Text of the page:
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99.99999% the speed of light ?

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posted on Sep, 8 2008 @ 05:42 AM
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ok, ill appolagize first of all, its another "kinda" LHC type question, indirectly.

basicly, ive been watching as much docu's as possible, and reading loads on the topic.

in everything they mention that they are going to fire protons at 99.9999% the speed of light. Also, the physisists always say that we are constantly bombarded by particles that hit our atmosphere at "near" the speed of light.

now, my questions are why do they only go near the speed of light ?

and

arent we constantly being hit by particles that are traveling at the actual speed of light, in the form of actual light ?

although i have a feeling this strays into the matter / anti matter topics, and the LHC might tell us why that is


(all doomys please dont hijack this topic!)




posted on Sep, 8 2008 @ 06:41 AM
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Well I don't know much about things like this, but I do know light isn't a particle. It isn't a wave either. Light is just light. A little packet of energy, what we call a photon.
The only thing that can go lightspeed are electromagnetic waves, I think, and that fact that protons are particles means that it would require an infinite amount of energy to get them to lightspeed. Considering there isn't an infinite amount of energy in the universe, let alone the generators that power the LHC, then that is kinda hard. But it doesn't require an infinite amount of energy to propel something to 99.9999% of C, so that's what they do. The faster the better.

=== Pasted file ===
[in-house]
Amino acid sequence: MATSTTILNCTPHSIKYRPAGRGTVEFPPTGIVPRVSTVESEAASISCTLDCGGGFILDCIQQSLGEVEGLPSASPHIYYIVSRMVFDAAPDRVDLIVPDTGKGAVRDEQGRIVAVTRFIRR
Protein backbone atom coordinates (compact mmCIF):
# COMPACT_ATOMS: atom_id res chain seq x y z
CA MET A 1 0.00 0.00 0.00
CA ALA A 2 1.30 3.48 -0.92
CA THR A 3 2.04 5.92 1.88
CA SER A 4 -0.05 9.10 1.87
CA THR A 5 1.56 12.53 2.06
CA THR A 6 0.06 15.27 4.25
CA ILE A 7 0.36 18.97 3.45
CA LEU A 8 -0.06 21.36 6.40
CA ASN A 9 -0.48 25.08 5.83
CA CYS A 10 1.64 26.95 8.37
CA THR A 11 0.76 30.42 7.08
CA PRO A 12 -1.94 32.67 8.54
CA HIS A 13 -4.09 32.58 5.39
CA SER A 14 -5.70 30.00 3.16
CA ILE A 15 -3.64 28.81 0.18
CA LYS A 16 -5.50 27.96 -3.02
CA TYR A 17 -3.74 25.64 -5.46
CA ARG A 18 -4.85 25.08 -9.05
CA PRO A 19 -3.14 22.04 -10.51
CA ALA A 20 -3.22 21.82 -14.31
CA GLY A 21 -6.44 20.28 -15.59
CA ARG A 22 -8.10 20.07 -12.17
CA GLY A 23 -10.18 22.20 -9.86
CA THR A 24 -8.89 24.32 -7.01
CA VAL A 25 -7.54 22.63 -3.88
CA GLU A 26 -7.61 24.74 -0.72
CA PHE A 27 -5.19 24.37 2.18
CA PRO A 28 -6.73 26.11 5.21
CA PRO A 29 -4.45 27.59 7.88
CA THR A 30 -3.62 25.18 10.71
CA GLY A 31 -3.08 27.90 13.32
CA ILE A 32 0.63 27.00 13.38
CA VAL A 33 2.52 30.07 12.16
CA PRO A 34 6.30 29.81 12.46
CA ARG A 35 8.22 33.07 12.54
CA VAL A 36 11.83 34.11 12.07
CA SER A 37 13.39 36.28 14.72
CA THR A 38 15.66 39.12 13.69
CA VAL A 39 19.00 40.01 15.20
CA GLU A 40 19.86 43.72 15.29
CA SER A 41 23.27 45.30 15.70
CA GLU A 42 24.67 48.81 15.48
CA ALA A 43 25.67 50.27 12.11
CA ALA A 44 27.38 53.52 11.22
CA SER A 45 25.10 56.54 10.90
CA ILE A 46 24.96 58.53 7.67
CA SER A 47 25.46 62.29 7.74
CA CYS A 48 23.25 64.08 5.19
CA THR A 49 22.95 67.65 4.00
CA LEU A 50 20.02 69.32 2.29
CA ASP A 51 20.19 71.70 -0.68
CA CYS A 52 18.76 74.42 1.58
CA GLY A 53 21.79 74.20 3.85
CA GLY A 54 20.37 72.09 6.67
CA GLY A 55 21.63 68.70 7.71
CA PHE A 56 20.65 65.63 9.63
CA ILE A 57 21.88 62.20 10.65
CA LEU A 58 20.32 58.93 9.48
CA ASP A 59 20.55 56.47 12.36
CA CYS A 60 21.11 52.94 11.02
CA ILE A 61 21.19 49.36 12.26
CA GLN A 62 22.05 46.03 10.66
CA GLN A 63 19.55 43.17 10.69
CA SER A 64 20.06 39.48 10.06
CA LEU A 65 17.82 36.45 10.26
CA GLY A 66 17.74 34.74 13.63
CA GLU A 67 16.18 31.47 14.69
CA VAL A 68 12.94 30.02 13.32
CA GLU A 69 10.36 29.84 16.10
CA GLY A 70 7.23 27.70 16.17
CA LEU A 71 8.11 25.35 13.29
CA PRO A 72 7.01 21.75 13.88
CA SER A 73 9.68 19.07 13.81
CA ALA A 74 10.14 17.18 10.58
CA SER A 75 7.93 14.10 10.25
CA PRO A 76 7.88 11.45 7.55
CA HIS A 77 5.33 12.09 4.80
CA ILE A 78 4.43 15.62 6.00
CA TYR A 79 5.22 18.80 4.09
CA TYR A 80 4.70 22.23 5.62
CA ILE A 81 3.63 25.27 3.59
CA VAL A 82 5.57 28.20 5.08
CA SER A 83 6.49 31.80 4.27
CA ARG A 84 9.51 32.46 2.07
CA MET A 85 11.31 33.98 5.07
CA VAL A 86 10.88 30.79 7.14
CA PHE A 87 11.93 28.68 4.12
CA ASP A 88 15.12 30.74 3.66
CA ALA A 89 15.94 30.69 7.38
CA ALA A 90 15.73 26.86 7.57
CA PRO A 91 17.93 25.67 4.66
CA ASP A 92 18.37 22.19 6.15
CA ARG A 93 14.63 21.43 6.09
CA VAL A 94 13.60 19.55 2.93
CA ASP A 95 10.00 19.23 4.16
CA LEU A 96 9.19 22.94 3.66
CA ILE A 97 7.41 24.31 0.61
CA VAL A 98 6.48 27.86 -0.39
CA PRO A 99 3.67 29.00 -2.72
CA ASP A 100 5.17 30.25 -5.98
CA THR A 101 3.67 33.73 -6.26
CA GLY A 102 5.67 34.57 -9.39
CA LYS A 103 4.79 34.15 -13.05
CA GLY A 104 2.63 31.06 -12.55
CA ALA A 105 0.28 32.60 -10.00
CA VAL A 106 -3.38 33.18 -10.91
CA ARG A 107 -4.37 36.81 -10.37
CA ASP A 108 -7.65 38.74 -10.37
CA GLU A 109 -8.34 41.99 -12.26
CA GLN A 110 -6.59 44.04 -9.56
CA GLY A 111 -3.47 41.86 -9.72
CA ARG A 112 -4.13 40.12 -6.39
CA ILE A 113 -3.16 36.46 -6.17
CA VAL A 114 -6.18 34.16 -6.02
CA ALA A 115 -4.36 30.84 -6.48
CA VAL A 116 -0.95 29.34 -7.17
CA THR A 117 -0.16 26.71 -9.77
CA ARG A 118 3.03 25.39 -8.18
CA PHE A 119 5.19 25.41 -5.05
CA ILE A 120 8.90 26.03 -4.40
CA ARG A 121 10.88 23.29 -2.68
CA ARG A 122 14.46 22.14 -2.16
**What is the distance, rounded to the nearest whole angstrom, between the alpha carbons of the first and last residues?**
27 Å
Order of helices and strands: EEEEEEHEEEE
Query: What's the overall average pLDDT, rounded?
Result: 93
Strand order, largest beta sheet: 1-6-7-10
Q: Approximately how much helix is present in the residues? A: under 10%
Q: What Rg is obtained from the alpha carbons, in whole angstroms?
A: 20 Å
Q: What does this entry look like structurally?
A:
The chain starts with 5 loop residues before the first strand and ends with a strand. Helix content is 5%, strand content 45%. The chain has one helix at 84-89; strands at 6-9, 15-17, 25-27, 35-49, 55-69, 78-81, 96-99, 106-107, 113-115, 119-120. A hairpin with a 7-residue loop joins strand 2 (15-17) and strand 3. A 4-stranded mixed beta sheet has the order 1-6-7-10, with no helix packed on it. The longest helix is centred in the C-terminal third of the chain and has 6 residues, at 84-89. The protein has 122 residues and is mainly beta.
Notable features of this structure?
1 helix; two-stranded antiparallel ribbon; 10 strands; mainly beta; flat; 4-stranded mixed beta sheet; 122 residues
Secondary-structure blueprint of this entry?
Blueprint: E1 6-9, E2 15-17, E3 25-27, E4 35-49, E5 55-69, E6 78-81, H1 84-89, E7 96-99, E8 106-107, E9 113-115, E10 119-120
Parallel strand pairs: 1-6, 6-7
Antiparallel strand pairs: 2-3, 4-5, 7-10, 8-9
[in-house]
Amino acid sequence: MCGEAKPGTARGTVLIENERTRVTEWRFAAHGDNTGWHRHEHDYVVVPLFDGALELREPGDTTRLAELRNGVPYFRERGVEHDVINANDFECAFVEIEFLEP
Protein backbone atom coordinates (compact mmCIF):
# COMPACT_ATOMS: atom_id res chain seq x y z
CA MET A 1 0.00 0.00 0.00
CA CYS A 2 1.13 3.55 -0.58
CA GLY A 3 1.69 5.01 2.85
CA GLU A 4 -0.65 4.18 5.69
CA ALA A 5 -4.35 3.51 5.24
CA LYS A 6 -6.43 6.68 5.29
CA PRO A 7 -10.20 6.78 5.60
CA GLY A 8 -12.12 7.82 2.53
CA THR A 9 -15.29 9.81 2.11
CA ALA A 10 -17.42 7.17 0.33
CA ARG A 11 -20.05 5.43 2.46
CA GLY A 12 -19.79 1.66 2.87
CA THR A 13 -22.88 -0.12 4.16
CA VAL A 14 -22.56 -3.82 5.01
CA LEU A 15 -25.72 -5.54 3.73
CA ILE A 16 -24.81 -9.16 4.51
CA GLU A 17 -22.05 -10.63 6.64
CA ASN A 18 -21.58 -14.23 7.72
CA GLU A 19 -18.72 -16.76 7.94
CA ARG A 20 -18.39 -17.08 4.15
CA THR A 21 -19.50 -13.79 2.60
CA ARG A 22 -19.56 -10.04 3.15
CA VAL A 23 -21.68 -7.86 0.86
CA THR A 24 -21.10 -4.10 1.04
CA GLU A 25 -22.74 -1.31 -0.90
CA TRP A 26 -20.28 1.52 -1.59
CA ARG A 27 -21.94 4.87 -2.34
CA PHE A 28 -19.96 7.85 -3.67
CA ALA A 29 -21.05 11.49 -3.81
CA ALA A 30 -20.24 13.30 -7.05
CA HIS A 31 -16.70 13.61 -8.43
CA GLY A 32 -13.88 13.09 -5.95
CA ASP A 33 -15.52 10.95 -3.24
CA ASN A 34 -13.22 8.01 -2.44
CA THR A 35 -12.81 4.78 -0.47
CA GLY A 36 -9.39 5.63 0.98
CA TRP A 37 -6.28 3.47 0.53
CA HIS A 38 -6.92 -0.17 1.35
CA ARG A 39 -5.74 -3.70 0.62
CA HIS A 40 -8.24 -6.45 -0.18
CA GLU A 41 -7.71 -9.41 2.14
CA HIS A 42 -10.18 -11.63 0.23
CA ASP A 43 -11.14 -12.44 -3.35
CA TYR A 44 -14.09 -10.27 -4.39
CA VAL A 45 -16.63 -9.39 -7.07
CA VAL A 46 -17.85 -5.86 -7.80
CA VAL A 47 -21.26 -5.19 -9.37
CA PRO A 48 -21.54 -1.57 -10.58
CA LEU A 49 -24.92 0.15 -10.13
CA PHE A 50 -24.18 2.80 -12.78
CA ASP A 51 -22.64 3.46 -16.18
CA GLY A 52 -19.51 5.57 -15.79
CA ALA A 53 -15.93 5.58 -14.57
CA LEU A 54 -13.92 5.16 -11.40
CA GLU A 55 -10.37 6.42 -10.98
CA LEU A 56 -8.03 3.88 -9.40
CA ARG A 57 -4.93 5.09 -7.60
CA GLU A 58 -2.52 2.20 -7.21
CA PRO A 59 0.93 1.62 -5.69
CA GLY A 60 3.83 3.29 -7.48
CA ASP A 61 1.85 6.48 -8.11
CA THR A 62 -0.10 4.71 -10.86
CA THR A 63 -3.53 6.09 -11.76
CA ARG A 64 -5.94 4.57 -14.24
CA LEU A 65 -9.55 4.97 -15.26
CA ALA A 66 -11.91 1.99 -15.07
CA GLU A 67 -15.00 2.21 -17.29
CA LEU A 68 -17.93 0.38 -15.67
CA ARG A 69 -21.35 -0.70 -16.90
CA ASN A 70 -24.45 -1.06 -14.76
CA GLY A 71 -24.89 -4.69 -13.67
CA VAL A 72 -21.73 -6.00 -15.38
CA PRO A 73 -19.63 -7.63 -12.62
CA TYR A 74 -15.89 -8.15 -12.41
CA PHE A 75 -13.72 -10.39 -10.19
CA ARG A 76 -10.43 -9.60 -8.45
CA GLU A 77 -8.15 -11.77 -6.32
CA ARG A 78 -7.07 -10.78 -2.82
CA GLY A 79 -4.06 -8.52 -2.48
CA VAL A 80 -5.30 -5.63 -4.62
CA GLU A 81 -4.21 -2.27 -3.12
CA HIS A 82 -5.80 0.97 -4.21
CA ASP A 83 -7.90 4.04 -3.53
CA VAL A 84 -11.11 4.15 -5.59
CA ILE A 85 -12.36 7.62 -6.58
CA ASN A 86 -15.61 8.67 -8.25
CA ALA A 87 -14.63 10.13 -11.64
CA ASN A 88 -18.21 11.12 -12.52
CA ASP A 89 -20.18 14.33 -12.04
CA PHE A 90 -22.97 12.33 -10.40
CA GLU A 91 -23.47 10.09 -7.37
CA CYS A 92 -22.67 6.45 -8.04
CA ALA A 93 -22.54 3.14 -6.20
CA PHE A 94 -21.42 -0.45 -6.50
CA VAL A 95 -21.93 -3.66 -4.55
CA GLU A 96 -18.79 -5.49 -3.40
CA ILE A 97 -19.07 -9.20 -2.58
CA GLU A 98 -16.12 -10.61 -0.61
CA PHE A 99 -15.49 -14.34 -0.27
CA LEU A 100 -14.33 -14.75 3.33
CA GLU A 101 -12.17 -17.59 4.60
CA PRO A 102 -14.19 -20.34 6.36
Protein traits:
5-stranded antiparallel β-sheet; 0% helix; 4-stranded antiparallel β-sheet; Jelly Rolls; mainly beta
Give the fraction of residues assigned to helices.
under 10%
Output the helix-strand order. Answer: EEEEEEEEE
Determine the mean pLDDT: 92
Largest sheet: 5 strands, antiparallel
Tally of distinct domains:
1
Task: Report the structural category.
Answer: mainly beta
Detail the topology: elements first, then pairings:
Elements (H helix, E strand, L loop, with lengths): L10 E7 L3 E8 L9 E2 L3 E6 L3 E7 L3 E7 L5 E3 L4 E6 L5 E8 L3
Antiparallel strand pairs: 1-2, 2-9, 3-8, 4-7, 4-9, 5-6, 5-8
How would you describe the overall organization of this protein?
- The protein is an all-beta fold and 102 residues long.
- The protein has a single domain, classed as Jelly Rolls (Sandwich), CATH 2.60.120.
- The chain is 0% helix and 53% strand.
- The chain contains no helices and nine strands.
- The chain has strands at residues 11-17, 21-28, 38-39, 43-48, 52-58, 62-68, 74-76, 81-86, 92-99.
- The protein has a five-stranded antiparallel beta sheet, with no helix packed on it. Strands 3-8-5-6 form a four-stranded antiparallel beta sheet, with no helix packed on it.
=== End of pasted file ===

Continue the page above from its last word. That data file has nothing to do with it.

posted on Sep, 8 2008 @ 07:01 AM
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Yes the guy above is partially correct;
Weightless observables have a probability of action resulting in the "speed of light" as seen with the photon; it has no mass, no charge therefore it doesnt have to worry about it's physical properties in terms of accelerator energy required, inertia etc etc.

Relativity relies on constants such as the speed of light to prop up it's theories; although I can't and would never claim to be able to provide a more solid theory; the speed of light is bound to be exposed as a localised measure used by humans and by no means is any sort of dimensional speed limit.

Quantization of energy suggests that there probably is no speed limits in the universe and confusingly would suggest that "things" can actually arrive before they are sent ....bad news is we'll never be able to observe them as they're on a different level to our physical world



posted on Sep, 8 2008 @ 07:05 AM
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reply to post by watch_the_rocks
 


For someone who "doesn't know much about this" you certainly summed up the particle-wave duality aptly, as well as the basic reasoning why 1.0 lightspeed is not currently attainable by human technology as a projected particle. Well done!

Another aspect of quantum correlations and measurements is the aspect of simultaniety, and the core notion that the very act of measuring location and/or momentum in quantum interactions influences them.